Commentary by Ward Degler
I just finished reading a novel by B.A. Shapiro that flooded me with memories. The story is called “The Muralist,” and it deals with a whole bunch of stuff that happened in the 1930s and ’40s.
It’s a work of fiction woven into the factual fabric of the Great Depression, the Works Projects Administration, or WPA, the lives of real artists in America and both real and fictitious Jewish refugees in Hitler’s Europe.
The WPA was established to provide work for Americans who were unable to find jobs during the Depression. Engineering crews built roads and dams. Foresters like my dad set up Civilian Conservation Corps camps to fight fires and plant trees in our national forests.
And famous artists such as Jackson Pollock and Lee Krasner were paid $15 a month to paint murals to hang in public libraries and office buildings long before they became celebrated painters and founders of the American School of Abstract Expressionist Art.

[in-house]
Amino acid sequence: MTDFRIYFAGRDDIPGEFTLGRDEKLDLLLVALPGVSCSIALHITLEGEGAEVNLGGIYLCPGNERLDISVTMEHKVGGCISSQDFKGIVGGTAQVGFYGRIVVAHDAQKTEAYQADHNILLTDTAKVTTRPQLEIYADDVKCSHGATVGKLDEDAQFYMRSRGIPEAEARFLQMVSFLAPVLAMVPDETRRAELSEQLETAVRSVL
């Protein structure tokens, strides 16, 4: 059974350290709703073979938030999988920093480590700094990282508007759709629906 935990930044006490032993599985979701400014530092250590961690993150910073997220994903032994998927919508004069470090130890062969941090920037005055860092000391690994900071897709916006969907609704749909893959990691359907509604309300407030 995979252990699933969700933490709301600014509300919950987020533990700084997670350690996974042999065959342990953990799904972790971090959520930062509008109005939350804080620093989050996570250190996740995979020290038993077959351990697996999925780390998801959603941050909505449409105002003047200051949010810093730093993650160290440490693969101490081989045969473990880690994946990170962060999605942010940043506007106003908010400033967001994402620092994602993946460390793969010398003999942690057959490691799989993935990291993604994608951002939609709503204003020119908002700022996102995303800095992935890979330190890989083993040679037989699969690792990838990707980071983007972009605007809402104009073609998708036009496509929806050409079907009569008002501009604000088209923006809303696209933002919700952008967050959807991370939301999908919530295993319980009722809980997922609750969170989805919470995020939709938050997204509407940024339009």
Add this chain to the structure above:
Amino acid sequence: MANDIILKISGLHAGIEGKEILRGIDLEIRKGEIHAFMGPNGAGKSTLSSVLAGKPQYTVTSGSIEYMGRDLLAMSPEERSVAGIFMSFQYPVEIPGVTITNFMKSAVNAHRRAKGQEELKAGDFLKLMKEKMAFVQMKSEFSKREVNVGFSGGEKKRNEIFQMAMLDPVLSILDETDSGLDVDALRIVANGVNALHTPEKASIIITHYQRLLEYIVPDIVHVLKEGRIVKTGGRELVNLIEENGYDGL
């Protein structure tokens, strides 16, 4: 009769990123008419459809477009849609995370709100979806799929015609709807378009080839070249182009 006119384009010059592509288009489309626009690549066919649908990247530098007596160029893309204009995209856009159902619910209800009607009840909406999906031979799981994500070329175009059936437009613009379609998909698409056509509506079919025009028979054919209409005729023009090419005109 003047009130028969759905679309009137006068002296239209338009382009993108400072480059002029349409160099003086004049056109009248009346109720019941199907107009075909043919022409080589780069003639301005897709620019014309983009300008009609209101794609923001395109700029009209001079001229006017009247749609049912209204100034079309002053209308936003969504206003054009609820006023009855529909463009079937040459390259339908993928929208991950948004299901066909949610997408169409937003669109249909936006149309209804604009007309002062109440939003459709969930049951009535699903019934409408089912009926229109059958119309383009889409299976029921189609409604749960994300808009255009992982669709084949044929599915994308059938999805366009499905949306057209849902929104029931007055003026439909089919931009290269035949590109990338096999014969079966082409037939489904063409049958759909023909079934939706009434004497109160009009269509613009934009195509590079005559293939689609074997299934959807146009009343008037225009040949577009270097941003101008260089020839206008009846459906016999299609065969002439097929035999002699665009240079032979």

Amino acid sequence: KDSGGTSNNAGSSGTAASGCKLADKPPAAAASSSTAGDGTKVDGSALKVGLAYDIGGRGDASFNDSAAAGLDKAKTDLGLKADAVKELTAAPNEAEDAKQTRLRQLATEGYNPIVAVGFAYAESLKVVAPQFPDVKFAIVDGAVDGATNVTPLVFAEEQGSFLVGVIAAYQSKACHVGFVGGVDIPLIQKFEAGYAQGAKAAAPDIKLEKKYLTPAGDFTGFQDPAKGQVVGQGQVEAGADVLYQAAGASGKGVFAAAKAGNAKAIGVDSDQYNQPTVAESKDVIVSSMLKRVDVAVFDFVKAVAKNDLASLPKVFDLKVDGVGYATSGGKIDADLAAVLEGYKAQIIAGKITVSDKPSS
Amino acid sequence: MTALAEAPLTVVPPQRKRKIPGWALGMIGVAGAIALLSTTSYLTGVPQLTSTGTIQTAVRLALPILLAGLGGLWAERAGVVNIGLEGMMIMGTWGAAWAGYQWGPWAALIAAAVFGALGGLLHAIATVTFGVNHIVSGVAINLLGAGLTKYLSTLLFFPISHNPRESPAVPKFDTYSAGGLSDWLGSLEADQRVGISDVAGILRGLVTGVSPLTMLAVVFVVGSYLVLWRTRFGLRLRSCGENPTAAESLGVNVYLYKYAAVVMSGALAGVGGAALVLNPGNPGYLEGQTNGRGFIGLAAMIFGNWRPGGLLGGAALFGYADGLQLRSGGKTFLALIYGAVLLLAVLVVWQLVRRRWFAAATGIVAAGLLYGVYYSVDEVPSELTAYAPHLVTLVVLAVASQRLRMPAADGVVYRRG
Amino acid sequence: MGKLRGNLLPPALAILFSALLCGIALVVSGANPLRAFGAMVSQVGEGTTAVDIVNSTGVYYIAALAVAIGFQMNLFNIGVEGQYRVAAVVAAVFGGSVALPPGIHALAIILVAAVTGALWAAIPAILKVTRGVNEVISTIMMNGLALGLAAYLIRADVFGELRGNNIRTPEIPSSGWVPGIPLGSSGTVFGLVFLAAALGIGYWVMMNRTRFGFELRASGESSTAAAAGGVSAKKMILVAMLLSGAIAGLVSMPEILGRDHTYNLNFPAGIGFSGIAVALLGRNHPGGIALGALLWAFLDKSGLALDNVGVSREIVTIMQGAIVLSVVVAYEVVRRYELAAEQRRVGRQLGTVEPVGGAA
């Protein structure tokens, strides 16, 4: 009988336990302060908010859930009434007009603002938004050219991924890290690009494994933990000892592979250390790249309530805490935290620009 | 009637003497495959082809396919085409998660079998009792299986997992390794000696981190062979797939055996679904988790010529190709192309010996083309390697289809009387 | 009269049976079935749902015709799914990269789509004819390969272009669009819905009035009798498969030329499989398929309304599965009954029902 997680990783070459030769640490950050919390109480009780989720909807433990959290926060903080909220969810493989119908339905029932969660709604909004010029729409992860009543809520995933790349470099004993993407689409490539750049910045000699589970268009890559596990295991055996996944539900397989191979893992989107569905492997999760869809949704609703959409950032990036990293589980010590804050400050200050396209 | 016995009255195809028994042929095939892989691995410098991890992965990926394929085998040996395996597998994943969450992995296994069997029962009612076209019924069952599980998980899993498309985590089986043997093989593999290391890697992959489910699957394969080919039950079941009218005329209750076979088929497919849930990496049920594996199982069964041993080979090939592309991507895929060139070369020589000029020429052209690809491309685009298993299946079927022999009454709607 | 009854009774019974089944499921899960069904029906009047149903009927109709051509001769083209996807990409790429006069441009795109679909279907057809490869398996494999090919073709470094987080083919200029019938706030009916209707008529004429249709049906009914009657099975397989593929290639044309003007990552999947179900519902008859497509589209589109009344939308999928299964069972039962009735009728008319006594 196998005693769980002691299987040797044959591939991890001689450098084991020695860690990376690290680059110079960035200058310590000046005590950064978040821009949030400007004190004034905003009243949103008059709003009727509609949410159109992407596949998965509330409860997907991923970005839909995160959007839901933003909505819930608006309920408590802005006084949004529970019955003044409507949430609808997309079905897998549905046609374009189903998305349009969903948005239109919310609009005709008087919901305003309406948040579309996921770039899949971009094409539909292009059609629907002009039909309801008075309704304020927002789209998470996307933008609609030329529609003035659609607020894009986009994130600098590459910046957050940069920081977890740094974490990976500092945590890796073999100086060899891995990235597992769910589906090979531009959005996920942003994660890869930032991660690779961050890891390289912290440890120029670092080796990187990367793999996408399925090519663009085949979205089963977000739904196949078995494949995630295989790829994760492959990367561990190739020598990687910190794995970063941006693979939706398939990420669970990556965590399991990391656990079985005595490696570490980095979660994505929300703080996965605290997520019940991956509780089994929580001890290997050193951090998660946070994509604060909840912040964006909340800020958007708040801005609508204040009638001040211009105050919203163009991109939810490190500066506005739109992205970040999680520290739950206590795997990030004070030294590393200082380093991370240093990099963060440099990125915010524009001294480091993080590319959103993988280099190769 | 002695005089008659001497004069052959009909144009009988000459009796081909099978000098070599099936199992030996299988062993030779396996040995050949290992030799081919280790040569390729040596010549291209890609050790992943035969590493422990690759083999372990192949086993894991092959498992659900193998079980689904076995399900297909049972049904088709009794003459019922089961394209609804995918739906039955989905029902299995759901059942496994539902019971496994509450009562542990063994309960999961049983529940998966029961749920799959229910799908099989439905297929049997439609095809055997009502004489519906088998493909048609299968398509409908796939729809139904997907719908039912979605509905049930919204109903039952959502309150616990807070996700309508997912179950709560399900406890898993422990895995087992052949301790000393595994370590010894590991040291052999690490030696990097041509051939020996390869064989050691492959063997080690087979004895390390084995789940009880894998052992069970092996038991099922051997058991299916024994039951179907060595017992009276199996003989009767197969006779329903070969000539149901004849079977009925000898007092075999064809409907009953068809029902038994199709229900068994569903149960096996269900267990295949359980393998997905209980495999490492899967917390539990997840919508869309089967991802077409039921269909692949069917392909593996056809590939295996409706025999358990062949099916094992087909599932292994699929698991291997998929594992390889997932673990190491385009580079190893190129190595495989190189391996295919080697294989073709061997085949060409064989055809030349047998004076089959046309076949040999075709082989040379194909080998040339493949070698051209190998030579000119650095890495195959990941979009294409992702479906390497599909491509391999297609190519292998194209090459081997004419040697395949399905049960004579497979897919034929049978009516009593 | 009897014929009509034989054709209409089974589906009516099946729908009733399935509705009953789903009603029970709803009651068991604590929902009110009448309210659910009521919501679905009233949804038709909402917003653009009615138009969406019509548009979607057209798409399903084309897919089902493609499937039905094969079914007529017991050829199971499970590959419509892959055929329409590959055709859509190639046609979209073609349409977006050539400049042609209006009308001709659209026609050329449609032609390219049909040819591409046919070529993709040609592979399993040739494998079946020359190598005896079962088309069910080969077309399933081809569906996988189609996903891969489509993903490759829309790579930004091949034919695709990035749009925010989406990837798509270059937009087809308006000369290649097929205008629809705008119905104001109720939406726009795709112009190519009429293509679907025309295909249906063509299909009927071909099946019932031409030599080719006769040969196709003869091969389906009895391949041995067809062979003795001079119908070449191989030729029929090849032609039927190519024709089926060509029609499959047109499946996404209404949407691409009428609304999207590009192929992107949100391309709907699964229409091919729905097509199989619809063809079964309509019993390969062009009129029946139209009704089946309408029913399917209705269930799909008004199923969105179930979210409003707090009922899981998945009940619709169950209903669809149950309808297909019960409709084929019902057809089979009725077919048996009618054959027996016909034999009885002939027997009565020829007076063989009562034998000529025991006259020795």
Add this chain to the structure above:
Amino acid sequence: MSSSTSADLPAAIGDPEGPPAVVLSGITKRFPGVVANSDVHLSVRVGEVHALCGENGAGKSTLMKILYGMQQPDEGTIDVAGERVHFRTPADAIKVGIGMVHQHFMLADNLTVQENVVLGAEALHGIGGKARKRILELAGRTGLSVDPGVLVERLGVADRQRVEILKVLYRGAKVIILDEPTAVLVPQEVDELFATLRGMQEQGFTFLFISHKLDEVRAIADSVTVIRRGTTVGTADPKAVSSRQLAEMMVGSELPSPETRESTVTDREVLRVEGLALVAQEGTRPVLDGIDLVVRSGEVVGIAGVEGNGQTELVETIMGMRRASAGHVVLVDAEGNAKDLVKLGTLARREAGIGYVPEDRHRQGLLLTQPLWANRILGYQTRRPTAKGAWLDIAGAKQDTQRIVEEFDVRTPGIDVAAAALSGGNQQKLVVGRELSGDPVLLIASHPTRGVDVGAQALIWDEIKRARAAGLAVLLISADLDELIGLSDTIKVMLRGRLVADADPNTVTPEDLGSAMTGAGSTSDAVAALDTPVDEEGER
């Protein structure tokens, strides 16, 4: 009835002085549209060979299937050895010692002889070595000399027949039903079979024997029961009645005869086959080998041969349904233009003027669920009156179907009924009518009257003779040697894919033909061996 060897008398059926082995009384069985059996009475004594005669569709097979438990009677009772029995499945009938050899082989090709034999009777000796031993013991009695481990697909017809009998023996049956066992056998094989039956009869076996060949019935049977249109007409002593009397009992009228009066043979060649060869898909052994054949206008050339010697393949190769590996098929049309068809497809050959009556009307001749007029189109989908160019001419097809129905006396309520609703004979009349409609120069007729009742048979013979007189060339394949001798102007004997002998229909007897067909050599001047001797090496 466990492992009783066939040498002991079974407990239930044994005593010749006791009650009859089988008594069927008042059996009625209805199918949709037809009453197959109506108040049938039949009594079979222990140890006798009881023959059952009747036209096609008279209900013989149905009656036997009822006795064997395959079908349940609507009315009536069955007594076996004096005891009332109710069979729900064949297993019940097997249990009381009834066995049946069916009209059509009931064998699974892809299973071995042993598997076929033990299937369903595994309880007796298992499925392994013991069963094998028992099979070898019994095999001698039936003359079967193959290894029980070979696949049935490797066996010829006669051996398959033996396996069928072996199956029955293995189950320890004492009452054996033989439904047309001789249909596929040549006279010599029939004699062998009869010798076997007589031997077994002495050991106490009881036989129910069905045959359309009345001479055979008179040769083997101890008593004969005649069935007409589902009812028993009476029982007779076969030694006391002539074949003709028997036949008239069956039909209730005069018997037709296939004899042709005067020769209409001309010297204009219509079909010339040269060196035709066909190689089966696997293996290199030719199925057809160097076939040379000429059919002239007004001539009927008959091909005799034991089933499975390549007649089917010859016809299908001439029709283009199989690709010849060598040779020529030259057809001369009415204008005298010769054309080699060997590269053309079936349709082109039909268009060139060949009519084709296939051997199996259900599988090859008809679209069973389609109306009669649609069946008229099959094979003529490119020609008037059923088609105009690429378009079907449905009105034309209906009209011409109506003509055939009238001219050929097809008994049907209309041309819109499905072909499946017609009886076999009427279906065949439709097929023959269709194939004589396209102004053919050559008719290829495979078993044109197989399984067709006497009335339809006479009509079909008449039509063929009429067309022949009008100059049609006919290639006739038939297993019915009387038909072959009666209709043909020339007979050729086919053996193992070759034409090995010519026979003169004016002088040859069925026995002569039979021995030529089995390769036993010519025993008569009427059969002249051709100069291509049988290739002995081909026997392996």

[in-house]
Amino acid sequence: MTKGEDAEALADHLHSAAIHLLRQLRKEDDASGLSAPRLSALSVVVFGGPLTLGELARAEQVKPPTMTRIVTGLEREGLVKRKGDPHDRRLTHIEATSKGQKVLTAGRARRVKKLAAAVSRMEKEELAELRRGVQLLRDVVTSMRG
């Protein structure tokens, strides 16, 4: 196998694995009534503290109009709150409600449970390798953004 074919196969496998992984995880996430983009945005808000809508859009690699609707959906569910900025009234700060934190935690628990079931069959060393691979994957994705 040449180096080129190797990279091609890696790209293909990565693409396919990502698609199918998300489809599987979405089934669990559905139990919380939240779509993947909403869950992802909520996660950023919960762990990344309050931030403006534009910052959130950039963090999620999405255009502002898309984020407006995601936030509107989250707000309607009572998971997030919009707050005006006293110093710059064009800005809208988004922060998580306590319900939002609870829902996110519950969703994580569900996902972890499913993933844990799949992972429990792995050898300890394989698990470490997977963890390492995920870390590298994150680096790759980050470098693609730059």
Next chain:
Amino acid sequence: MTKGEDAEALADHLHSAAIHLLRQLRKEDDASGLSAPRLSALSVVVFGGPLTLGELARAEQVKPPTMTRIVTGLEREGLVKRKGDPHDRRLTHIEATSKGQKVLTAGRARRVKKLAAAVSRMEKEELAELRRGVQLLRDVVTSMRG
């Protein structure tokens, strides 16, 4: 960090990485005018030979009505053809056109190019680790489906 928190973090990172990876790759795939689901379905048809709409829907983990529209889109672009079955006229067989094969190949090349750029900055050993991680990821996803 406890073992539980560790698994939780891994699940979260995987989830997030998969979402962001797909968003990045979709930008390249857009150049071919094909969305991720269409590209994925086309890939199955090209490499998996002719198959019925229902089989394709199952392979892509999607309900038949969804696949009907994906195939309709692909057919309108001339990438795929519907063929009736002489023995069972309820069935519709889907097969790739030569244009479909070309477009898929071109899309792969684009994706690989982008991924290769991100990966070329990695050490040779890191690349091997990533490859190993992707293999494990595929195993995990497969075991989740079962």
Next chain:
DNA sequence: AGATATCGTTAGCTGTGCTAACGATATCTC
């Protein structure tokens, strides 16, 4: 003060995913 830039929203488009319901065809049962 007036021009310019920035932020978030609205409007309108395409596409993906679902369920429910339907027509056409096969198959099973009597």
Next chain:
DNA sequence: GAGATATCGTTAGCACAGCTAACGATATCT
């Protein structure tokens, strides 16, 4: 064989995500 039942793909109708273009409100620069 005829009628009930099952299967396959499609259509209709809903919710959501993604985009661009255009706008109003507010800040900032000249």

I saw some of these works of art only years later, mostly in the halls of the Missouri State Capitol building in Jefferson City. One particular painting has always intrigued me. Like many other WPA paintings, it depicts the growth of a new nation. This particular painting shows a train coming out of a tunnel. The magic is, if you stand to the left of the painting, the train is coming toward you. Move to the right side, and the train is moving away. How did the artist do that?
Dad set up CCC camps in the North Woods of Wisconsin, where the mosquitoes could eat you alive in the summer, and in winter the water would freeze in our tea kettle. We lived in government houses or in places Dad rented near the camps. By Depression standards., he had a good job. Mom knew this, of course, and never hesitated to make a sandwich for some homeless wanderer looking for work. Often, a half dozen of these unfortunate men would line up every day on our driveway.
I started my artistic career back then, too, with crayons and scrap paper my dad picked up from a local printing company. Mom kept many of these “masterpieces” for years. Mercifully, when Dad retired and they moved to Arizona, most of them vanished.
Things I learned from those days include the realization that survival and achievement are closely related, and that both demand only the will to never give up. Shapiro’s book says it all.